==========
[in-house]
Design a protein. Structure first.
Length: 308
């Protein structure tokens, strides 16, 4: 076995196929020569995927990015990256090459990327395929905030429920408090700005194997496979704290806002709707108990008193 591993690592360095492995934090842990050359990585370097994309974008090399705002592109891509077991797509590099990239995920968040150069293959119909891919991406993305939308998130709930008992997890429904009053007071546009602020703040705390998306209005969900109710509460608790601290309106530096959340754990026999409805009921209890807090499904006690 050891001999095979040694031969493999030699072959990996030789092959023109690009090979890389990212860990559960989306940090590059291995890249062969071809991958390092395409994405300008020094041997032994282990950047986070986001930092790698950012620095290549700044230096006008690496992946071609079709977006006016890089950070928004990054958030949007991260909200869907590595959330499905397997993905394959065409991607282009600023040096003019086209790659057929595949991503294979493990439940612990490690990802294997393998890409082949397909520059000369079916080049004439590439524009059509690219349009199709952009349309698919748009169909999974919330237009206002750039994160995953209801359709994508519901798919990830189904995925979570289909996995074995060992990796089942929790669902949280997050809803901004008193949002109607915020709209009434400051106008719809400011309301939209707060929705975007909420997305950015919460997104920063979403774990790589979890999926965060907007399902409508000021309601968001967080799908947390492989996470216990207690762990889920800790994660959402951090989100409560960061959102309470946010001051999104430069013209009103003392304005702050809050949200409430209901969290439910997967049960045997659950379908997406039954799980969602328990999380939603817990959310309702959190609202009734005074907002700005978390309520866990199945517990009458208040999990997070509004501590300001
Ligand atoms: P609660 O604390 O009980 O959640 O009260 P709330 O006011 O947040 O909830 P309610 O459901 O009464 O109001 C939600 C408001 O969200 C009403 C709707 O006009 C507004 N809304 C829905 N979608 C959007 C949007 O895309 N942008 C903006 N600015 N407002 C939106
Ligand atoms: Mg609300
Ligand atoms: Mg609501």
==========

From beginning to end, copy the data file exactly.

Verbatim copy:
[in-house]
Design a protein. Structure first.
Length: 308
């Protein structure tokens, strides 16, 4: 076995196929020569995927990015990256090459990327395929905030429920408090700005194997496979704290806002709707108990008193 591993690592360095492995934090842990050359990585370097994309974008090399705002592109891509077991797509590099990239995920968040150069293959119909891919991406993305939308998130709930008992997890429904009053007071546009602020703040705390998306209005969900109710509460608790601290309106530096959340754990026999409805009921209890807090499904006690 050891001999095979040694031969493999030699072959990996030789092959023109690009090979890389990212860990559960989306940090590059291995890249062969071809991958390092395409994405300008020094041997032994282990950047986070986001930092790698950012620095290549700044230096006008690496992946071609079709977006006016890089950070928004990054958030949007991260909200869907590595959330499905397997993905394959065409991607282009600023040096003019086209790659057929595949991503294979493990439940612990490690990802294997393998890409082949397909520059000369079916080049004439590439524009059509690219349009199709952009349309698919748009169909999974919330237009206002750039994160995953209801359709994508519901798919990830189904995925979570289909996995074995060992990796089942929790669902949280997050809803901004008193949002109607915020709209009434400051106008719809400011309301939209707060929705975007909420997305950015919460997104920063979403774990790589979890999926965060907007399902409508000021309601968001967080799908947390492989996470216990207690762990889920800790994660959402951090989100409560960061959102309470946010001051999104430069013209009103003392304005702050809050949200409430209901969290439910997967049960045997659950379908997406039954799980969602328990999380939603817990959310309702959190609202009734005074907002700005978390309520866990199945517990009458208040999990997070509004501590300001
Ligand atoms: P609660 O604390 O009980 O959640 O009260 P709330 O006011 O947040 O909830 P309610 O459901 O009464 O109001 C939600 C408001 O969200 C009403 C709707 O006009 C507004 N809304 C829905 N979608 C959007 C949007 O895309 N942008 C903006 N600015 N407002 C939106
Ligand atoms: Mg609300
Ligand atoms: Mg609501």